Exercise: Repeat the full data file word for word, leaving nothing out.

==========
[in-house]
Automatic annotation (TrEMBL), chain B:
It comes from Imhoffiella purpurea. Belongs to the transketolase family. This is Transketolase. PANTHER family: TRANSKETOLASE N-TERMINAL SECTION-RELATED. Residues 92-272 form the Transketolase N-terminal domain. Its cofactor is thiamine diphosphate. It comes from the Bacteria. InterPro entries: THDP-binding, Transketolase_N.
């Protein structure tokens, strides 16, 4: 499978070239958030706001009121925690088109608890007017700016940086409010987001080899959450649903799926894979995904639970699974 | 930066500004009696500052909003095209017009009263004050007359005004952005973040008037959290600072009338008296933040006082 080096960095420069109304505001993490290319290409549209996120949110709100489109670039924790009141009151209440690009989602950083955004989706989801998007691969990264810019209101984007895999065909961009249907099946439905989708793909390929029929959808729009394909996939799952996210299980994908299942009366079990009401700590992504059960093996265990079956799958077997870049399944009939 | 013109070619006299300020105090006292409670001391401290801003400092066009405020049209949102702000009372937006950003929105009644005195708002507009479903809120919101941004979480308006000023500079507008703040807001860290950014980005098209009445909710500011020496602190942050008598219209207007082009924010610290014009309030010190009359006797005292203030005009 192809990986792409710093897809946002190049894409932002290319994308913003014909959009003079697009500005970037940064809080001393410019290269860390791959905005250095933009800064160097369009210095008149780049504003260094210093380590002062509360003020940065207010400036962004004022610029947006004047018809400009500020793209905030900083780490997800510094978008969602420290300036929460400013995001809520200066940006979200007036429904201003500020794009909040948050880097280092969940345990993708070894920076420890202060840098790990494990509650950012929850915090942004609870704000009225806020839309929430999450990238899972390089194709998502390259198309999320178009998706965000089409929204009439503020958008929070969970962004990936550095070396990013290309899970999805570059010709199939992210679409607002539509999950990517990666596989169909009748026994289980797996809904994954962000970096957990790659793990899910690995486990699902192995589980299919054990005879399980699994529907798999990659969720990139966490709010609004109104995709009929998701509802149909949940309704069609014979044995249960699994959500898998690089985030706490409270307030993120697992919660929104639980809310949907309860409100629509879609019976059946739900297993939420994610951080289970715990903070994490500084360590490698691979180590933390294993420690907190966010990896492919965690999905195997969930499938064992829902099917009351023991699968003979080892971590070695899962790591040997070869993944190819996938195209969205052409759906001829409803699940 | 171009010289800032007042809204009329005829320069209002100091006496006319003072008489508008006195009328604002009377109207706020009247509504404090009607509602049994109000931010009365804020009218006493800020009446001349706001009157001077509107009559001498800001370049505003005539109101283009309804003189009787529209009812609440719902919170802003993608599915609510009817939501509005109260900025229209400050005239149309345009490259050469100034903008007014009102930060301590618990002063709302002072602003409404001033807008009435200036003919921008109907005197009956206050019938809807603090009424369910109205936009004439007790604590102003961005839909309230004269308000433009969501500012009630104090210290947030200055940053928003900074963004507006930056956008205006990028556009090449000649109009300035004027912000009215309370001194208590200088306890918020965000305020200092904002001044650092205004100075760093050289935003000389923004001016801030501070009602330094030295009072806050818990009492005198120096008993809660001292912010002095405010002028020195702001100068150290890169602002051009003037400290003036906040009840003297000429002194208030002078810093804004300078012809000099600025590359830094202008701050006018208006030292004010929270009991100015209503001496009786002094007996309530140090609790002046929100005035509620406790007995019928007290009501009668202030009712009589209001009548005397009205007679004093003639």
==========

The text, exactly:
[in-house]
Automatic annotation (TrEMBL), chain B:
It comes from Imhoffiella purpurea. Belongs to the transketolase family. This is Transketolase. PANTHER family: TRANSKETOLASE N-TERMINAL SECTION-RELATED. Residues 92-272 form the Transketolase N-terminal domain. Its cofactor is thiamine diphosphate. It comes from the Bacteria. InterPro entries: THDP-binding, Transketolase_N.
């Protein structure tokens, strides 16, 4: 499978070239958030706001009121925690088109608890007017700016940086409010987001080899959450649903799926894979995904639970699974 | 930066500004009696500052909003095209017009009263004050007359005004952005973040008037959290600072009338008296933040006082 080096960095420069109304505001993490290319290409549209996120949110709100489109670039924790009141009151209440690009989602950083955004989706989801998007691969990264810019209101984007895999065909961009249907099946439905989708793909390929029929959808729009394909996939799952996210299980994908299942009366079990009401700590992504059960093996265990079956799958077997870049399944009939 | 013109070619006299300020105090006292409670001391401290801003400092066009405020049209949102702000009372937006950003929105009644005195708002507009479903809120919101941004979480308006000023500079507008703040807001860290950014980005098209009445909710500011020496602190942050008598219209207007082009924010610290014009309030010190009359006797005292203030005009 192809990986792409710093897809946002190049894409932002290319994308913003014909959009003079697009500005970037940064809080001393410019290269860390791959905005250095933009800064160097369009210095008149780049504003260094210093380590002062509360003020940065207010400036962004004022610029947006004047018809400009500020793209905030900083780490997800510094978008969602420290300036929460400013995001809520200066940006979200007036429904201003500020794009909040948050880097280092969940345990993708070894920076420890202060840098790990494990509650950012929850915090942004609870704000009225806020839309929430999450990238899972390089194709998502390259198309999320178009998706965000089409929204009439503020958008929070969970962004990936550095070396990013290309899970999805570059010709199939992210679409607002539509999950990517990666596989169909009748026994289980797996809904994954962000970096957990790659793990899910690995486990699902192995589980299919054990005879399980699994529907798999990659969720990139966490709010609004109104995709009929998701509802149909949940309704069609014979044995249960699994959500898998690089985030706490409270307030993120697992919660929104639980809310949907309860409100629509879609019976059946739900297993939420994610951080289970715990903070994490500084360590490698691979180590933390294993420690907190966010990896492919965690999905195997969930499938064992829902099917009351023991699968003979080892971590070695899962790591040997070869993944190819996938195209969205052409759906001829409803699940 | 171009010289800032007042809204009329005829320069209002100091006496006319003072008489508008006195009328604002009377109207706020009247509504404090009607509602049994109000931010009365804020009218006493800020009446001349706001009157001077509107009559001498800001370049505003005539109101283009309804003189009787529209009812609440719902919170802003993608599915609510009817939501509005109260900025229209400050005239149309345009490259050469100034903008007014009102930060301590618990002063709302002072602003409404001033807008009435200036003919921008109907005197009956206050019938809807603090009424369910109205936009004439007790604590102003961005839909309230004269308000433009969501500012009630104090210290947030200055940053928003900074963004507006930056956008205006990028556009090449000649109009300035004027912000009215309370001194208590200088306890918020965000305020200092904002001044650092205004100075760093050289935003000389923004001016801030501070009602330094030295009072806050818990009492005198120096008993809660001292912010002095405010002028020195702001100068150290890169602002051009003037400290003036906040009840003297000429002194208030002078810093804004300078012809000099600025590359830094202008701050006018208006030292004010929270009991100015209503001496009786002094007996309530140090609790002046929100005035509620406790007995019928007290009501009668202030009712009589209001009548005397009205007679004093003639």